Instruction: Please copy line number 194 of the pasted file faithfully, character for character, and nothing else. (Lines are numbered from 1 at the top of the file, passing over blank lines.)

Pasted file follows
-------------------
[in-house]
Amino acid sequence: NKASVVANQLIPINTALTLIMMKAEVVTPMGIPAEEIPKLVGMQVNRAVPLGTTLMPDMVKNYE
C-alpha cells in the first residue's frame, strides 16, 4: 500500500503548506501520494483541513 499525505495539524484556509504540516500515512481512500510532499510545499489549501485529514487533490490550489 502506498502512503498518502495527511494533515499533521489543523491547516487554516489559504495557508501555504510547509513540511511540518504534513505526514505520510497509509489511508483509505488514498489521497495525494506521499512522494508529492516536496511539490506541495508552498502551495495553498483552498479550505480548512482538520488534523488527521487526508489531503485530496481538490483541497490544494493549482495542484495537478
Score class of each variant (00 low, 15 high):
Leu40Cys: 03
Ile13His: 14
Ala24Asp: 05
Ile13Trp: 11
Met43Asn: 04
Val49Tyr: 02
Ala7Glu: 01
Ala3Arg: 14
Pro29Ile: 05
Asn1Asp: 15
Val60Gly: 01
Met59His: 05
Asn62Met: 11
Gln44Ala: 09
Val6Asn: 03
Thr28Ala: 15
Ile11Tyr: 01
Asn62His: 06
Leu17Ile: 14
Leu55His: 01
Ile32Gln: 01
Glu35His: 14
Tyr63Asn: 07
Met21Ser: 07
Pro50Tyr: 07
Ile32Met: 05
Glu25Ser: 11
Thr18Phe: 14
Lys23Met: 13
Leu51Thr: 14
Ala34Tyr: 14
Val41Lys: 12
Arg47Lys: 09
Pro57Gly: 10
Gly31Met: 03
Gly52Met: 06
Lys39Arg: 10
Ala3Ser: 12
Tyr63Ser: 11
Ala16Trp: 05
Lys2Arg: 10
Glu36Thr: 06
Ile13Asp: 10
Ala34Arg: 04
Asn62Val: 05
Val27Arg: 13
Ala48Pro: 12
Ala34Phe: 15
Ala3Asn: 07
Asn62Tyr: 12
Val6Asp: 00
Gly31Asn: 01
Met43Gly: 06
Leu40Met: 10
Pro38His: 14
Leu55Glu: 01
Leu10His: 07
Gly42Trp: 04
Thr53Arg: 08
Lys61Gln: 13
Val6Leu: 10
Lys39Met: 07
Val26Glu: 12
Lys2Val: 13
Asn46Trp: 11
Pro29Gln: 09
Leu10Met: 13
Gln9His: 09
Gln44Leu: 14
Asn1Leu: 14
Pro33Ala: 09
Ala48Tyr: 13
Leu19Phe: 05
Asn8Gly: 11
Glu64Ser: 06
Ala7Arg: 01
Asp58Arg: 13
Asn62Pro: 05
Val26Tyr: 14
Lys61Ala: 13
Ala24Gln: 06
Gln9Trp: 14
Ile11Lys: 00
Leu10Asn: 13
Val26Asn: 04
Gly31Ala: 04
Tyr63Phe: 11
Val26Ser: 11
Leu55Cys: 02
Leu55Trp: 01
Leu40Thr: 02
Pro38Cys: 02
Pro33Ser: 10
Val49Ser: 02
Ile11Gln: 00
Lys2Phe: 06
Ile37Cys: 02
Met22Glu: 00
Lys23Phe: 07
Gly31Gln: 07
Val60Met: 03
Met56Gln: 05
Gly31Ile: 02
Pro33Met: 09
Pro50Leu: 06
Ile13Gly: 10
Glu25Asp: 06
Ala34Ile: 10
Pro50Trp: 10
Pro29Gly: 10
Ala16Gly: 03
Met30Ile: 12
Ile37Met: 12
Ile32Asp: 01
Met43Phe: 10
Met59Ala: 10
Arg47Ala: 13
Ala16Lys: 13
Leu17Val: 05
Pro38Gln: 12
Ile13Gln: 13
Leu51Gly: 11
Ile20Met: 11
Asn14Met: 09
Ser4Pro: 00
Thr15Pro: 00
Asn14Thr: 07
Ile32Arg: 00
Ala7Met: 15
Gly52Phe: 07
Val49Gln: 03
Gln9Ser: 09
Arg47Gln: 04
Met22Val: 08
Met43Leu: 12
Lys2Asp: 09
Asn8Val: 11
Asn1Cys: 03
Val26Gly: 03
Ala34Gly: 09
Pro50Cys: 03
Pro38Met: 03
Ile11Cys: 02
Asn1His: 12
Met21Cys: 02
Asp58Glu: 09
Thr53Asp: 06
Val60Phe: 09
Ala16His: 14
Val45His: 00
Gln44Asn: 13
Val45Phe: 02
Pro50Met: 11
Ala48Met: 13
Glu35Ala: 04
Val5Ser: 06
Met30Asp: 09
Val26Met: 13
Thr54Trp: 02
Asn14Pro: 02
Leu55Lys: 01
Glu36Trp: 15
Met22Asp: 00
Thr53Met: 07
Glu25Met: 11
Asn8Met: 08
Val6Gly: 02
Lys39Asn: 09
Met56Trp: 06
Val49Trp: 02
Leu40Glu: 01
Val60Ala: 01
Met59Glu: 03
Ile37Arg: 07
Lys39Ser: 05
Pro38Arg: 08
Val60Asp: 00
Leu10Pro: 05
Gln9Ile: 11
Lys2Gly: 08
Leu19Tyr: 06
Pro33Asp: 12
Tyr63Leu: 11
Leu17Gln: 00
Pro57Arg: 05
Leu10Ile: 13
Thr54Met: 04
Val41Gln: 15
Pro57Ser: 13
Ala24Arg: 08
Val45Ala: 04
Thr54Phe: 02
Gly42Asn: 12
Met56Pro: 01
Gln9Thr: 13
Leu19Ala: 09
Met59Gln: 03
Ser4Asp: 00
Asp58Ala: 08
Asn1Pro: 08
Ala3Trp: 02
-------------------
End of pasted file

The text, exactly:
Ala24Arg: 08